Archived News Articles: NMD and Foreign Policy
8/2/2001 from AP and Reuters:
Gephardt Assails Bush Foreign Policy
By BARRY SCHWEID, AP Diplomatic Writer
Thursday August 2 11:53 AM ET
WASHINGTON (AP) - One-time presidential aspirant Rep.
Richard Gephardt, leader of the House's 210 Democrats,
assailed President Bush's foreign policy Wednesday as
one that worries allies in Europe and tries to dictate
missile-defense terms to Russia. ...
Gephardt Blasts Bush 'Go-It-Alone' Policies
By Carol Giacomo, Diplomatic Correspondent
Thursday August 2 1:39 PM ET
WASHINGTON (Reuters) - House Democratic leader Richard
Gephardt accused President Bush on Thursday of a
``go-it-alone'' approach to world affairs that has
worried allies, presented Russia with unwise
``ultimatums'' and ultimately may imperil U.S. security.
Speaking to the Carnegie Endowment for International
Peace, Gephardt outlined a strategic framework for
dealing with Russia and emphasized the need for an
engaged and collaborative approach to international
problems with allies and other countries.
Gephardt, who recently returned from a trip to Europe
and Russia, said he would work to build a bipartisan
majority in the U.S. Congress that would block
deployment of a missile defense system that might
violate the 1972 Anti-Ballistic Missile Treaty, and
would look favorably on Russia's eventual membership in
8/2/2001 from AP:
Rice Aims for New Russia Framework
By BARRY SCHWEID, AP Diplomatic Writer
Thursday August 2 6:11 PM ET
WASHINGTON (AP) - The Bush administration will try to
work out a new strategic framework with Russia that
could include joint military exercises and sharing of
missile technology - provided Russia stops assisting
Iran and North Korea, White House National Security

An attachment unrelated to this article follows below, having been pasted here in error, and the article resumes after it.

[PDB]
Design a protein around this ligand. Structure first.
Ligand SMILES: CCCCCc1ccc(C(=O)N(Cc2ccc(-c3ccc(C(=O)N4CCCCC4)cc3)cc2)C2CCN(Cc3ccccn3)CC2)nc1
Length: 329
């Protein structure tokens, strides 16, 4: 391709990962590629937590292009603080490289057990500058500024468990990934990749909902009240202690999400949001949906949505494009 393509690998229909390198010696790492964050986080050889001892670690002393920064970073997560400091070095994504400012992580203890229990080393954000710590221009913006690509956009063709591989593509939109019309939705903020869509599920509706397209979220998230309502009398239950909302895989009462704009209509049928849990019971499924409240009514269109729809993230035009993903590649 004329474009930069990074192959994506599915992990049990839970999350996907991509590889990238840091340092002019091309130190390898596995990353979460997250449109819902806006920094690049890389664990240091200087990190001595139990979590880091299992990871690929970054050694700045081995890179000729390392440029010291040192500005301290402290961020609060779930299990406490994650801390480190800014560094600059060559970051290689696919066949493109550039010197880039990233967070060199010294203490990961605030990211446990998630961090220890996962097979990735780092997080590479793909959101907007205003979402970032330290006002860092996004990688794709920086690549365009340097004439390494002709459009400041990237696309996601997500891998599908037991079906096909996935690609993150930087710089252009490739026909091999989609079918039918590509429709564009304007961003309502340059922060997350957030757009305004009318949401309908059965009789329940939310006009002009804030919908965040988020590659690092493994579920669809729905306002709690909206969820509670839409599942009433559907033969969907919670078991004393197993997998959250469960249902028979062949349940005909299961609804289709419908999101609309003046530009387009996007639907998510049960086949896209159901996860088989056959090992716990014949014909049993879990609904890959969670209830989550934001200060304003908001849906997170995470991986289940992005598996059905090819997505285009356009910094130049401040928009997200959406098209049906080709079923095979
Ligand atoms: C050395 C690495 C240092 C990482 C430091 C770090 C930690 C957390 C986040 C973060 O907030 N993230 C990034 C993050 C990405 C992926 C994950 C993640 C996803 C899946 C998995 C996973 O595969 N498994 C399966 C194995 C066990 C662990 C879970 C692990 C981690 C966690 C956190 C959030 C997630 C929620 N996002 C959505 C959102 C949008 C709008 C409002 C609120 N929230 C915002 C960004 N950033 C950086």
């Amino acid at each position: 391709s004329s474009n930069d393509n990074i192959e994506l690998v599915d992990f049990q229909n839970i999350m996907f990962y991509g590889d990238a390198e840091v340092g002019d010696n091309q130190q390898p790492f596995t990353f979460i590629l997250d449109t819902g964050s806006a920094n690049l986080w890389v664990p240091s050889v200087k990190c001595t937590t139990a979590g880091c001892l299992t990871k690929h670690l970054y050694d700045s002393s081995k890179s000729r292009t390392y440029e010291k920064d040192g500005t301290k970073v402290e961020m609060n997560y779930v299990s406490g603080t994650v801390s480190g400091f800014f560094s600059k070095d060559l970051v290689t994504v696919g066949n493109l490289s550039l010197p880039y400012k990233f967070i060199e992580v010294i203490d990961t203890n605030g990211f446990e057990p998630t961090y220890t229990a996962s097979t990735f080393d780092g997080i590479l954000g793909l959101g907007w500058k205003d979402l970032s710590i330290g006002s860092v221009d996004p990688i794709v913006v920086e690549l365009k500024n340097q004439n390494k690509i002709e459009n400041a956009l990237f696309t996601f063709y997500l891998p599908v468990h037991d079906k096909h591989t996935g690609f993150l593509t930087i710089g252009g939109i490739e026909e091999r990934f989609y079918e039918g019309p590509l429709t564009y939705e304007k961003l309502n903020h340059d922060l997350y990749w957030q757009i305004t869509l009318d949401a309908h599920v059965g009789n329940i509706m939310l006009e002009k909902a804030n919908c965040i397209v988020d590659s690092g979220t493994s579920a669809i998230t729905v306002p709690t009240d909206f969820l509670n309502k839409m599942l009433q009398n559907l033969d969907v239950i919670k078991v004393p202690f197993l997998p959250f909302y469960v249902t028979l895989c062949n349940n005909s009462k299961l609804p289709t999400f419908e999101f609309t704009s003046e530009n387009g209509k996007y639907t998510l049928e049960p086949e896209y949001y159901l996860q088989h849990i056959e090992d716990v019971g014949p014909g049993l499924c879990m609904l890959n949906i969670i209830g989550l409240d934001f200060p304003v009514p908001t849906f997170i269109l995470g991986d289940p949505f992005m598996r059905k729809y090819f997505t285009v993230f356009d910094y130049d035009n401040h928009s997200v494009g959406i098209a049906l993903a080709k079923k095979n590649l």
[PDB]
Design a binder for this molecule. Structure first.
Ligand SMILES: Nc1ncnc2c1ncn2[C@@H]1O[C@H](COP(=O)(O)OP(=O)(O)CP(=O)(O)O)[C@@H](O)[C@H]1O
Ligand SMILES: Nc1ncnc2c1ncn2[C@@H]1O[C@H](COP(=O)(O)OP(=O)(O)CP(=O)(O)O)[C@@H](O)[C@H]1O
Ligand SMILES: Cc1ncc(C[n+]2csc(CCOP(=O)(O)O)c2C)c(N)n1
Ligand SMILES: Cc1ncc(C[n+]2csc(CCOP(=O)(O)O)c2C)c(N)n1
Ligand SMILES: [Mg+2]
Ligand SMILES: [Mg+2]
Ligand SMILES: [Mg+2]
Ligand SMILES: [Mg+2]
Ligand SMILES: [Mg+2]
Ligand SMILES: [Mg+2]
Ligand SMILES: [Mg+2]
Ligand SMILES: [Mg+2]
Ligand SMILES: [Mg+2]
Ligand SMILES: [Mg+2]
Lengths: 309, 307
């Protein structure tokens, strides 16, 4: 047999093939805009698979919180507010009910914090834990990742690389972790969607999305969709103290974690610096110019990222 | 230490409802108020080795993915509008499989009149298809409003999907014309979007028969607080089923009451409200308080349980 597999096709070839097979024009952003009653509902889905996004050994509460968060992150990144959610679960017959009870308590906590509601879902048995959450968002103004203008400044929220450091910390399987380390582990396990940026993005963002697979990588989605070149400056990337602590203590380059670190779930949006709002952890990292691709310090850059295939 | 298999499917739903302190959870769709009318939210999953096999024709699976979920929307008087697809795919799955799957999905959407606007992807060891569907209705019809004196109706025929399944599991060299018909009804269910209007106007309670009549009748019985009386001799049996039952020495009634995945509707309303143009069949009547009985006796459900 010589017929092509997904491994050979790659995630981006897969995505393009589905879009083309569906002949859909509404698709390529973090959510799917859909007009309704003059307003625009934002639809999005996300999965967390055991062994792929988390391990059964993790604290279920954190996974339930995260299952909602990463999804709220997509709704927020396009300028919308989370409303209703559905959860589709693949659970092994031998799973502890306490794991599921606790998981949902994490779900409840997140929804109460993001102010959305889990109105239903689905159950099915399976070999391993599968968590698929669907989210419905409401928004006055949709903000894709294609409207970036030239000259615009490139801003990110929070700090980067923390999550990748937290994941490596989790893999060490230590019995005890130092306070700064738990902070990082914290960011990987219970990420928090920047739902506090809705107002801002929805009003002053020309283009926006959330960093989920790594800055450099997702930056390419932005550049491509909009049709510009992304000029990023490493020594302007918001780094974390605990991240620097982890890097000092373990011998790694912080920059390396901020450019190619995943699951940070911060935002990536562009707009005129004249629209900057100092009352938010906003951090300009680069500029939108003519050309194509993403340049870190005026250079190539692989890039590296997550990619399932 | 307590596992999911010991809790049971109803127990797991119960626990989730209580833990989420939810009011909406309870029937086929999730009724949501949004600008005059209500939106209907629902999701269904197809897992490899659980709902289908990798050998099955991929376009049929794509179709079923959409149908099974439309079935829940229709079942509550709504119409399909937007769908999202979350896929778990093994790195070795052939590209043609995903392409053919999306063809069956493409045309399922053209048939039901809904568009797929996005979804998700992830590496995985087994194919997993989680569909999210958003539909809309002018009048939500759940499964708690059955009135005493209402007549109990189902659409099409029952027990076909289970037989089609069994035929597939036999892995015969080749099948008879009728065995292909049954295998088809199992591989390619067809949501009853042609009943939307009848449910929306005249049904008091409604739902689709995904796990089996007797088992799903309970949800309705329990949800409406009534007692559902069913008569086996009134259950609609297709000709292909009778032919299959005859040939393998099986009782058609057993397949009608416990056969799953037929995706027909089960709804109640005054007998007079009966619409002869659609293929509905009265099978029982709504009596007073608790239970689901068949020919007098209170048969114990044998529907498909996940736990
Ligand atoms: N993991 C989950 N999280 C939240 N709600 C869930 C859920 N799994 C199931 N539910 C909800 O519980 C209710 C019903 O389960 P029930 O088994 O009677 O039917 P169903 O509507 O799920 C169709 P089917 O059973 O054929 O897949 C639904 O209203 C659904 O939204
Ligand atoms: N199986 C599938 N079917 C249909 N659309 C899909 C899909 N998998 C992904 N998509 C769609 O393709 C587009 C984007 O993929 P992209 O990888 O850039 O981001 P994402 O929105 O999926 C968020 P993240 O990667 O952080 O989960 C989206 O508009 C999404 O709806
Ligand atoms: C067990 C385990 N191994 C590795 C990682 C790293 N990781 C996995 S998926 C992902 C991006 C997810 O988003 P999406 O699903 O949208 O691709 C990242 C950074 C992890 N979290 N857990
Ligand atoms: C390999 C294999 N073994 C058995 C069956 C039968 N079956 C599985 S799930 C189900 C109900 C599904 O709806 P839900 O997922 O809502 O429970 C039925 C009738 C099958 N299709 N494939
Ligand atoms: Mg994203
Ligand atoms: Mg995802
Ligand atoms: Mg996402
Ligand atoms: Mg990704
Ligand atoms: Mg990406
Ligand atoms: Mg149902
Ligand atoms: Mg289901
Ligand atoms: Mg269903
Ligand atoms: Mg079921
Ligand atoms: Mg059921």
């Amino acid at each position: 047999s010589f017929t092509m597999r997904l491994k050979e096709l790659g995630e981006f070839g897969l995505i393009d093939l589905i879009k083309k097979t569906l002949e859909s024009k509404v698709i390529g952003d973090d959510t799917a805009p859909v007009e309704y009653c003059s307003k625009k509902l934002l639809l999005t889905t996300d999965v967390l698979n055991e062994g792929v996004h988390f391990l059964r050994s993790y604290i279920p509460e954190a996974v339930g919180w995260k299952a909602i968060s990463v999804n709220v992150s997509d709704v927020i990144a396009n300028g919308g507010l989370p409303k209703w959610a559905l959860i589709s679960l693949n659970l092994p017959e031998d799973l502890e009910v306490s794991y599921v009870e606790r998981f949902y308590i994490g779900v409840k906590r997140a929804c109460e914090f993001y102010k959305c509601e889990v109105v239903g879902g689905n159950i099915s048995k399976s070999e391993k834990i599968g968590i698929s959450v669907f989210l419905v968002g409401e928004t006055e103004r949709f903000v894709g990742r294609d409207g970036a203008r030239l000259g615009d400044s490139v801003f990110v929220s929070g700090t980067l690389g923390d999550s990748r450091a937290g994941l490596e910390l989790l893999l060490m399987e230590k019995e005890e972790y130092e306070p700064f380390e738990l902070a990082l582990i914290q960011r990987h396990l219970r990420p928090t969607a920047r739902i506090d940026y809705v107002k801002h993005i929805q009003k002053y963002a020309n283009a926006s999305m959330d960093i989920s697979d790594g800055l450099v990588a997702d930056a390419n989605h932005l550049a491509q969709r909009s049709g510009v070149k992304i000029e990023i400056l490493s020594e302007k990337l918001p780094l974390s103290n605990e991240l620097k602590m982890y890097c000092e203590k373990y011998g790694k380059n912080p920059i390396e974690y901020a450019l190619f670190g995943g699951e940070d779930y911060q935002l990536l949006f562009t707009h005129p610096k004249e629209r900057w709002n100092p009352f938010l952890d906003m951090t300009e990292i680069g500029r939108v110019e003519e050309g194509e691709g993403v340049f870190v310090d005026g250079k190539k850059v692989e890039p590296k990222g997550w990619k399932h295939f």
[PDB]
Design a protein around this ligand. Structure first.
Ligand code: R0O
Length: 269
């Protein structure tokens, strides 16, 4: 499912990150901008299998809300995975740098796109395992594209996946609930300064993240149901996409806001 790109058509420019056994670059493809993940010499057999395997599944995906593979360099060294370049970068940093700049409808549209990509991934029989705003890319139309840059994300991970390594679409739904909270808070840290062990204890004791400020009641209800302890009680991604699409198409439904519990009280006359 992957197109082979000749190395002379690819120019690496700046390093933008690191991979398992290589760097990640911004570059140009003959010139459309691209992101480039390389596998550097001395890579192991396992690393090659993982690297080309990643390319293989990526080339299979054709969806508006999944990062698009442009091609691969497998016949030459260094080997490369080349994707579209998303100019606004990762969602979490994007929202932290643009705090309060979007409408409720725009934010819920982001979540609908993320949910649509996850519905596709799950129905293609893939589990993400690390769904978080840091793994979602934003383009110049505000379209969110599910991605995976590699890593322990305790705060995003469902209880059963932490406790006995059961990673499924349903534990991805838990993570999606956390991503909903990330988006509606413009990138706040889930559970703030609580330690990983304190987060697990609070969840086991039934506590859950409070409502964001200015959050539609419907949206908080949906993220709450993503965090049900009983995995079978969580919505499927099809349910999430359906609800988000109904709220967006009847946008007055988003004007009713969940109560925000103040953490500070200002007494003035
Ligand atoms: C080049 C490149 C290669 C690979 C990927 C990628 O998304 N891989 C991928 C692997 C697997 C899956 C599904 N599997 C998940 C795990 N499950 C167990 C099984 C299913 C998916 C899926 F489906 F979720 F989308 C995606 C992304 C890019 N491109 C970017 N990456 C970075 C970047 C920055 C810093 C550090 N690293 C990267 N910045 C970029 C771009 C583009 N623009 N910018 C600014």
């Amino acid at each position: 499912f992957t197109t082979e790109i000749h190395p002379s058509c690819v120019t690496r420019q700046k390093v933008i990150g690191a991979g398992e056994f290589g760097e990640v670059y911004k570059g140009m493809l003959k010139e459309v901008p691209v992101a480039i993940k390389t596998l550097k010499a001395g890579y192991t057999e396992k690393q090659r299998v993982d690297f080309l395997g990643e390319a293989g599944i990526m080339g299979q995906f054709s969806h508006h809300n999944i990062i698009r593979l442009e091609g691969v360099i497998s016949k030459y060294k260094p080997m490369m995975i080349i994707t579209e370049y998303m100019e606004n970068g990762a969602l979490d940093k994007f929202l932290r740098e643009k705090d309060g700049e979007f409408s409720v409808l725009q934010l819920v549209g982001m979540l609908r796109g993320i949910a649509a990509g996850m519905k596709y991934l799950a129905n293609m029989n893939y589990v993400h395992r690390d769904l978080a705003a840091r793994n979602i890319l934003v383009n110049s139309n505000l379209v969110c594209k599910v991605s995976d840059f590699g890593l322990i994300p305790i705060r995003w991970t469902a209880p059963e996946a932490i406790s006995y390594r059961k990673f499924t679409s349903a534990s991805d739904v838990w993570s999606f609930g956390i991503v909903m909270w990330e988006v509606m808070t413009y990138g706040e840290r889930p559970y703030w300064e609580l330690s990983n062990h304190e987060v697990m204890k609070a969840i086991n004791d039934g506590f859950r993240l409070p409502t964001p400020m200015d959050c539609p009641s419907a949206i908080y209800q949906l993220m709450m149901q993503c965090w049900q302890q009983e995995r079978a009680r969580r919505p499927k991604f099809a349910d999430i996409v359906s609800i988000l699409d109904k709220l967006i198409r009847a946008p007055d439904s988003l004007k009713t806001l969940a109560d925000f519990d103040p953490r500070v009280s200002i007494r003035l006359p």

Adviser Condoleezza Rice said Thursday. ...
``We've set up intensive consultations,'' said Rice, who
held her own talks in Moscow after the Bush-Putin
meeting. ``We believe there is a new strategic framework
out there that permits missile defenses and involves
offensive reductions.'' ...
A new relationship, she said, could include the United
States and Russia sharing defense plans ``so they see
what the other side is doing,'' joint warning exercises
and sharing missile data, including permission for
Russia to purchase American equipment. ...
8/4/2001 from AP, BBC, Reuters:
Russia, N. Korea Leaders Renew Ties
By PAUL SHIN, Associated Press Writer
Saturday August 4 2:33 PM ET
MOSCOW (AP) - In an eerie echo of the Cold War, North
Korean leader Kim Jong Il and Russian President Vladimir
Putin embraced in the Kremlin on Saturday, pledged to
renew strategic ties and denounced the United States for
its missile defense program. At the end of summit talks,
the two leaders signed a manifesto calling for close
consultations on global issues and bilateral economic
Kremlin declaration denies missile threat
Saturday, 4 August, 2001, 11:40 GMT 12:40 UK